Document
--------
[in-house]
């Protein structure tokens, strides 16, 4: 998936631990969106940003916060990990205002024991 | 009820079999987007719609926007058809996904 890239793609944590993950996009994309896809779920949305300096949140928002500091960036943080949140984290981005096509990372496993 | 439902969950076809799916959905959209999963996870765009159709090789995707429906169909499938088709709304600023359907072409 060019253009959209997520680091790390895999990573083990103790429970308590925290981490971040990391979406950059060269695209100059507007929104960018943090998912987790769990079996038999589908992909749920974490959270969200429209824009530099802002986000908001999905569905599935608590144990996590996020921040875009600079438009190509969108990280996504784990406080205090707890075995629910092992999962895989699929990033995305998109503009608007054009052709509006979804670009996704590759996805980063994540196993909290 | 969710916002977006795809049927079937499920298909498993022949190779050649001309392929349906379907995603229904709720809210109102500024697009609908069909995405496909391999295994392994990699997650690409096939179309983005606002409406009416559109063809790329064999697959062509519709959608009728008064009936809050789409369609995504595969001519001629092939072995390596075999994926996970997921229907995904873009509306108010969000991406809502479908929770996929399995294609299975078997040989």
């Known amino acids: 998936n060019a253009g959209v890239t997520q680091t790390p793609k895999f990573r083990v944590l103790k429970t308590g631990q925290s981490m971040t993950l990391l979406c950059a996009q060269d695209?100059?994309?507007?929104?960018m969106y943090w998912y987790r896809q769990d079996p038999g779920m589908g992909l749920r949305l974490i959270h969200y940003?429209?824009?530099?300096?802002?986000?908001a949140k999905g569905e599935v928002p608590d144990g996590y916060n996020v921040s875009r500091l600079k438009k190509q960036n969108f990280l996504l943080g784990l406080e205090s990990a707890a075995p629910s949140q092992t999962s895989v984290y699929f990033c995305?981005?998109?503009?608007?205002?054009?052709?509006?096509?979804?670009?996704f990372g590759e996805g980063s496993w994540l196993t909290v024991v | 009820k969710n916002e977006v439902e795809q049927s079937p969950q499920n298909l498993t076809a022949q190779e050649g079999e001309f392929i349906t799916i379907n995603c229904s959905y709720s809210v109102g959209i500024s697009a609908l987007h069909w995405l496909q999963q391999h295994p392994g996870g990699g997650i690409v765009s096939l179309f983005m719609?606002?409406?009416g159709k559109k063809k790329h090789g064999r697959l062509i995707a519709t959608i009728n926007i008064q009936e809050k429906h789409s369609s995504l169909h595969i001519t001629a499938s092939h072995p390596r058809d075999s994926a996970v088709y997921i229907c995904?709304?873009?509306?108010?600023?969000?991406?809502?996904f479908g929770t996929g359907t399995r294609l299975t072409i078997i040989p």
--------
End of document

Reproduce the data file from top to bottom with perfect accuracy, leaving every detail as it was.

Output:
[in-house]
């Protein structure tokens, strides 16, 4: 998936631990969106940003916060990990205002024991 | 009820079999987007719609926007058809996904 890239793609944590993950996009994309896809779920949305300096949140928002500091960036943080949140984290981005096509990372496993 | 439902969950076809799916959905959209999963996870765009159709090789995707429906169909499938088709709304600023359907072409 060019253009959209997520680091790390895999990573083990103790429970308590925290981490971040990391979406950059060269695209100059507007929104960018943090998912987790769990079996038999589908992909749920974490959270969200429209824009530099802002986000908001999905569905599935608590144990996590996020921040875009600079438009190509969108990280996504784990406080205090707890075995629910092992999962895989699929990033995305998109503009608007054009052709509006979804670009996704590759996805980063994540196993909290 | 969710916002977006795809049927079937499920298909498993022949190779050649001309392929349906379907995603229904709720809210109102500024697009609908069909995405496909391999295994392994990699997650690409096939179309983005606002409406009416559109063809790329064999697959062509519709959608009728008064009936809050789409369609995504595969001519001629092939072995390596075999994926996970997921229907995904873009509306108010969000991406809502479908929770996929399995294609299975078997040989």
């Known amino acids: 998936n060019a253009g959209v890239t997520q680091t790390p793609k895999f990573r083990v944590l103790k429970t308590g631990q925290s981490m971040t993950l990391l979406c950059a996009q060269d695209?100059?994309?507007?929104?960018m969106y943090w998912y987790r896809q769990d079996p038999g779920m589908g992909l749920r949305l974490i959270h969200y940003?429209?824009?530099?300096?802002?986000?908001a949140k999905g569905e599935v928002p608590d144990g996590y916060n996020v921040s875009r500091l600079k438009k190509q960036n969108f990280l996504l943080g784990l406080e205090s990990a707890a075995p629910s949140q092992t999962s895989v984290y699929f990033c995305?981005?998109?503009?608007?205002?054009?052709?509006?096509?979804?670009?996704f990372g590759e996805g980063s496993w994540l196993t909290v024991v | 009820k969710n916002e977006v439902e795809q049927s079937p969950q499920n298909l498993t076809a022949q190779e050649g079999e001309f392929i349906t799916i379907n995603c229904s959905y709720s809210v109102g959209i500024s697009a609908l987007h069909w995405l496909q999963q391999h295994p392994g996870g990699g997650i690409v765009s096939l179309f983005m719609?606002?409406?009416g159709k559109k063809k790329h090789g064999r697959l062509i995707a519709t959608i009728n926007i008064q009936e809050k429906h789409s369609s995504l169909h595969i001519t001629a499938s092939h072995p390596r058809d075999s994926a996970v088709y997921i229907c995904?709304?873009?509306?108010?600023?969000?991406?809502?996904f479908g929770t996929g359907t399995r294609l299975t072409i078997i040989p």